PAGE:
Maternal Experiences of Racial Discrimination and Offspring Sleep in the First 2 Years of Life
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Powell, Chloe A.
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CitationPowell, Chloe A. 2018. Maternal Experiences of Racial Discrimination and Offspring Sleep in the First 2 Years of Life. Doctoral dissertation, Harvard Medical School.
Insufficient sleep during infancy is associated with adverse child health outcomes including greater weight gain during infancy, childhood overweight, and developmental-behavioral conditions. Racial discrimination has been shown to be associated with shorter sleep duration in school aged children, adolescents, and adults; however, to our knowledge no studies have examined maternal experiences of lifetime racial discrimination and infant sleep duration. We hypothesize maternal lifetime experiences of racial discrimination will be associated with shorter infant sleep duration over the first 2 years of life
We analyzed data from 552 mother-infant dyads in Project Viva, a pre-birth cohort study, where the mothers self-identified as being women of color. During pregnancy, mothers completed the Experiences of Discrimination survey that measured lifetime experiences of racial discrimination in eight domains. We categorized responses as 0, 1-2, or ≥ 3. The main outcome was infant average 24 hour sleep duration assessed at 6 months, 1 year, and 2 years, reported by mothers, from which we calculated a weighted average of daily sleep across the first 2 years of life. In multivariable analyses, we adjusted for maternal race/ethnicity (black vs other women of color), education, household income, pre-pregnancy BMI, pregnancy smoking status, urbanicity, child care outside home, and child sex.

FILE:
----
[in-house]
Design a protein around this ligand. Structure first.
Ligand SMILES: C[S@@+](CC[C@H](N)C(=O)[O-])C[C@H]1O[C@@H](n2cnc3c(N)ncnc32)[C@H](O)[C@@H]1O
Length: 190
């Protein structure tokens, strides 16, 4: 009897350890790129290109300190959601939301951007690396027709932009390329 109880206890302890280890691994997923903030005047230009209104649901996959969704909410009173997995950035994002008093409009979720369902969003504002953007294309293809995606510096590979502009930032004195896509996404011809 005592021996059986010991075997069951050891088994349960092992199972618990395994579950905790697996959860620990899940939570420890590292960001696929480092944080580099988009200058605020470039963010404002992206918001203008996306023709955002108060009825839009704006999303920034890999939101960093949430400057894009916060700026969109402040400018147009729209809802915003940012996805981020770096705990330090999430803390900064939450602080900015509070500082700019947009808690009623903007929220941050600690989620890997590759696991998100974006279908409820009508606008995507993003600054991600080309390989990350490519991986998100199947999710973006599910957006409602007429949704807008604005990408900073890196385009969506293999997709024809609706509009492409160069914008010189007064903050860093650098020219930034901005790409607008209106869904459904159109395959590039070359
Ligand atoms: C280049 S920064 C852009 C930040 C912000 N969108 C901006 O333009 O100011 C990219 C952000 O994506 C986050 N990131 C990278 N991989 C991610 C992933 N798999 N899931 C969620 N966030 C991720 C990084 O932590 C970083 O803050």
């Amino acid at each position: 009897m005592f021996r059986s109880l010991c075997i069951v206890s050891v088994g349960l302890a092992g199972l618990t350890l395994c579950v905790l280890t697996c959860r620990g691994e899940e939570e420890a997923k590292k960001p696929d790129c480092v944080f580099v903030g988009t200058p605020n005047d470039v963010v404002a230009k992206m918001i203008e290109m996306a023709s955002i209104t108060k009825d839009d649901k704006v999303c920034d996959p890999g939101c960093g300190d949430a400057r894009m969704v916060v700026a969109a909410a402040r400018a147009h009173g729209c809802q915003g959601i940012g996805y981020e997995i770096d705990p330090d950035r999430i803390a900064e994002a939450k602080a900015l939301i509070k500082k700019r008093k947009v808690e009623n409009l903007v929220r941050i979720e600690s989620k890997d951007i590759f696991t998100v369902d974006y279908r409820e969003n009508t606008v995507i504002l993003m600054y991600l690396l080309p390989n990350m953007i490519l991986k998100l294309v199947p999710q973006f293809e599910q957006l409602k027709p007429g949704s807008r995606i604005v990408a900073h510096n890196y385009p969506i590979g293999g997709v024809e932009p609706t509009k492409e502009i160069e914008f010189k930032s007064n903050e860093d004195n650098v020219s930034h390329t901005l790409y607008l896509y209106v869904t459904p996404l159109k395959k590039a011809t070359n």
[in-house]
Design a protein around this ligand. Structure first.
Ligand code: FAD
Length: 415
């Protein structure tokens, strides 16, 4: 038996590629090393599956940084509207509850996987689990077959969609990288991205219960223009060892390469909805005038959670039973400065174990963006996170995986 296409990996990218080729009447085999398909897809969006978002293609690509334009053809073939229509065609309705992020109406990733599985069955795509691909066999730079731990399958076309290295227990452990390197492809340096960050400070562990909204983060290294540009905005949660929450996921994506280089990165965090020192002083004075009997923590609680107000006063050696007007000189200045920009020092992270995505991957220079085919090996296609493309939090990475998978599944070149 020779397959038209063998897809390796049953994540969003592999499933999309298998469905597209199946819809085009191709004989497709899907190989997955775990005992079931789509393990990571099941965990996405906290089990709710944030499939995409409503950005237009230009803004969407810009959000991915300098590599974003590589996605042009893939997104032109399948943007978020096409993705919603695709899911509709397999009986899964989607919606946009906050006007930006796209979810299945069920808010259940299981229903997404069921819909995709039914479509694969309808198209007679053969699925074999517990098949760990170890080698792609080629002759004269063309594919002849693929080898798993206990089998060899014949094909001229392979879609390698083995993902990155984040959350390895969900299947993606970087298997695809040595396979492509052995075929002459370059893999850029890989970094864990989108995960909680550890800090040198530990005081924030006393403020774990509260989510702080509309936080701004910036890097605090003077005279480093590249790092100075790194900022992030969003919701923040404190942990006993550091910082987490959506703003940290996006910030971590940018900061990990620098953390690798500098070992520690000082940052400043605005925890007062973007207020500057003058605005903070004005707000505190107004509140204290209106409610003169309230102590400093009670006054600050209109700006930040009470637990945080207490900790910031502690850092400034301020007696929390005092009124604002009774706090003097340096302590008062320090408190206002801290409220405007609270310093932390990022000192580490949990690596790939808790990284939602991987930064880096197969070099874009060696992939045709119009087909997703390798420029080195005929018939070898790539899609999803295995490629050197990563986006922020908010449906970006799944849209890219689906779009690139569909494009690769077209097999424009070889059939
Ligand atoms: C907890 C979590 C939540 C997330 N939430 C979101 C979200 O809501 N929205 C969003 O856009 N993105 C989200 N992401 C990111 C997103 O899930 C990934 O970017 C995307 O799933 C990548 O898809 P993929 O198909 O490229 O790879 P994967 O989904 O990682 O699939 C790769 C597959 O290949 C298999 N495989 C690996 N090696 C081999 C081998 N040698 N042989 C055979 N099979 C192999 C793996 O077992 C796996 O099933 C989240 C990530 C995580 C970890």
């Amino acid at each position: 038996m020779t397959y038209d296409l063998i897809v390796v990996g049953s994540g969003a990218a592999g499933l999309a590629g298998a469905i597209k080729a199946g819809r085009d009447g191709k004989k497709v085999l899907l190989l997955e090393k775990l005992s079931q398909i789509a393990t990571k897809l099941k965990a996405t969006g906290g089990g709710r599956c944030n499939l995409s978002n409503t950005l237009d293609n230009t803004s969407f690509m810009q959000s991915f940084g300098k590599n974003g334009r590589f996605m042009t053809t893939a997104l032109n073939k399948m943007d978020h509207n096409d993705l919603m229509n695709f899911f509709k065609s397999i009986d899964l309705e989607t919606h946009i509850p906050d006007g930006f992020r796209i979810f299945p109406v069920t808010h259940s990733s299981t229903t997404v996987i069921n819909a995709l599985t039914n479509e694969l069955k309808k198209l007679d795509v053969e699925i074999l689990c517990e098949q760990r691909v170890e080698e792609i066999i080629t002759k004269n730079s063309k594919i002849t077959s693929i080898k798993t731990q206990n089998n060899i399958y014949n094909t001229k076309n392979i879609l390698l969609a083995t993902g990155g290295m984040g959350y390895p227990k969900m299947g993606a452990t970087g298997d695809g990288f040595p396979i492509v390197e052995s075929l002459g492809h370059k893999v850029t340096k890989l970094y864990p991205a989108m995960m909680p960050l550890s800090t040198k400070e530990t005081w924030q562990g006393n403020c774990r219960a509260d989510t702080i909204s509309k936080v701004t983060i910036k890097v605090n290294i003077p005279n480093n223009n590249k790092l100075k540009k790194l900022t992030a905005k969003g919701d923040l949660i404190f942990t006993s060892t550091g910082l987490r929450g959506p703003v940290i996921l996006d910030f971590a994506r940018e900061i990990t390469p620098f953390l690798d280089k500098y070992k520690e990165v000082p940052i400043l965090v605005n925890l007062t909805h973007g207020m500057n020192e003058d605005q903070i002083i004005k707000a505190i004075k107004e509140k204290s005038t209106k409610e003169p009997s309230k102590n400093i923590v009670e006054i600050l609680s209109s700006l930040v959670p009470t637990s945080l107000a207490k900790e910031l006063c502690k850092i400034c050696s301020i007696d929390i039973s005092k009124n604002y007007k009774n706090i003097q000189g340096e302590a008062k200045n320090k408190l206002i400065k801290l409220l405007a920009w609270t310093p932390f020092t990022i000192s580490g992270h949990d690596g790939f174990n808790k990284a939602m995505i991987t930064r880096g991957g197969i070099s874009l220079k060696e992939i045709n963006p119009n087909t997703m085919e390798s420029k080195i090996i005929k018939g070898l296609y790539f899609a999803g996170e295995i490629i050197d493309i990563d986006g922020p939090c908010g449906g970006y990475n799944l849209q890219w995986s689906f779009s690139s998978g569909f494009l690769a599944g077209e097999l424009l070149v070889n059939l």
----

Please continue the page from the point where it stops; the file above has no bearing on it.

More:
Among this cohort, 30% of the mothers reported having experienced, up to and through the time of their pregnancy, 0 domains of racial discrimination, 35% reported 1-2 domains, and 34% reported ≥3 domains. Women who reported at least 1 domain of racial discrimination were more likely to be black (80.4% ), born in the United States (78.3%), and had higher pre-pregnancy BMI. Compared with children whose mothers reported no discrimination, those whose mothers reported ≥3 domains had shorter sleep duration from 6 months to 2 years in unadjusted analysis (β -0.31 h/d, 95% CI: -0.62 to 0.00), which was attenuated to -0.19 h/d, (95% CI: -0.52 to 0.14) after adjusting for maternal race/ethnicity, education, income, pre-pregnancy BMI, marital status, smoking history, childcare outside of the home, and urbanicity. We found stronger associations between maternal lifetime racial discrimination and offspring sleep at 6 months of age: β -0.79 h/d, (95% CI: -1.40 to -0.18) than for sleep at 1 year (β -0.21 h/d, 95% CI: -0.78 to 0.35) or 2 years (β 0.10 h/d, 95% CI: -0.33 to 0.52).
Although we observed no association between maternal lifetime experiences of racial discrimination and the mean duration of infant's sleep in the first two years, there was a suggestion of a modest association at 6 months postpartum.
Citable link to this pagehttp://nrs.harvard.edu/urn-3:HUL.InstRepos:41973455